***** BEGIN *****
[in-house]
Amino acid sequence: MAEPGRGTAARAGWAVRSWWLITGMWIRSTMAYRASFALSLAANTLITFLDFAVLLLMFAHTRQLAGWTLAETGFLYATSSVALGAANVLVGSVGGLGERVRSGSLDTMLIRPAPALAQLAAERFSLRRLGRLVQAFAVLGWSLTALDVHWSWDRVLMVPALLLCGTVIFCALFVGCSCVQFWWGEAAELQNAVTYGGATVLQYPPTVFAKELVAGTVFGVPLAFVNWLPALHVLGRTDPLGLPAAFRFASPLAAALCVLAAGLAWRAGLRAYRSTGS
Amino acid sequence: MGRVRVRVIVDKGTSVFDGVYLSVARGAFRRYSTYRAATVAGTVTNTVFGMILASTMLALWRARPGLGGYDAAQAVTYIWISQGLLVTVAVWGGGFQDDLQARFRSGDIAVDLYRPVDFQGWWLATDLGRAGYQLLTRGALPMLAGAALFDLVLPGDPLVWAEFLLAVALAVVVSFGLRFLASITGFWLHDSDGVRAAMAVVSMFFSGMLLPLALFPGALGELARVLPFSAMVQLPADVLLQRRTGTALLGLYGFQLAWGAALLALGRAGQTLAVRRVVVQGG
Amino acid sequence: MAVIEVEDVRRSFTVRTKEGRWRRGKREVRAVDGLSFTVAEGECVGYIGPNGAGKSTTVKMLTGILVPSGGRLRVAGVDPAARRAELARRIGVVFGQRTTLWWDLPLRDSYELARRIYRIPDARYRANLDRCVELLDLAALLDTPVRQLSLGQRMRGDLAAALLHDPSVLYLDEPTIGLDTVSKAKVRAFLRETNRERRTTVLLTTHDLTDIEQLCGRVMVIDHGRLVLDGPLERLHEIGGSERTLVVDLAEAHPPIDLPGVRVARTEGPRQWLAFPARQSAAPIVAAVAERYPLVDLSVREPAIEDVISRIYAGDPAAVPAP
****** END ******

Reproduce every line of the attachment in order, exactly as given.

[in-house]
Amino acid sequence: MAEPGRGTAARAGWAVRSWWLITGMWIRSTMAYRASFALSLAANTLITFLDFAVLLLMFAHTRQLAGWTLAETGFLYATSSVALGAANVLVGSVGGLGERVRSGSLDTMLIRPAPALAQLAAERFSLRRLGRLVQAFAVLGWSLTALDVHWSWDRVLMVPALLLCGTVIFCALFVGCSCVQFWWGEAAELQNAVTYGGATVLQYPPTVFAKELVAGTVFGVPLAFVNWLPALHVLGRTDPLGLPAAFRFASPLAAALCVLAAGLAWRAGLRAYRSTGS
Amino acid sequence: MGRVRVRVIVDKGTSVFDGVYLSVARGAFRRYSTYRAATVAGTVTNTVFGMILASTMLALWRARPGLGGYDAAQAVTYIWISQGLLVTVAVWGGGFQDDLQARFRSGDIAVDLYRPVDFQGWWLATDLGRAGYQLLTRGALPMLAGAALFDLVLPGDPLVWAEFLLAVALAVVVSFGLRFLASITGFWLHDSDGVRAAMAVVSMFFSGMLLPLALFPGALGELARVLPFSAMVQLPADVLLQRRTGTALLGLYGFQLAWGAALLALGRAGQTLAVRRVVVQGG
Amino acid sequence: MAVIEVEDVRRSFTVRTKEGRWRRGKREVRAVDGLSFTVAEGECVGYIGPNGAGKSTTVKMLTGILVPSGGRLRVAGVDPAARRAELARRIGVVFGQRTTLWWDLPLRDSYELARRIYRIPDARYRANLDRCVELLDLAALLDTPVRQLSLGQRMRGDLAAALLHDPSVLYLDEPTIGLDTVSKAKVRAFLRETNRERRTTVLLTTHDLTDIEQLCGRVMVIDHGRLVLDGPLERLHEIGGSERTLVVDLAEAHPPIDLPGVRVARTEGPRQWLAFPARQSAAPIVAAVAERYPLVDLSVREPAIEDVISRIYAGDPAAVPAP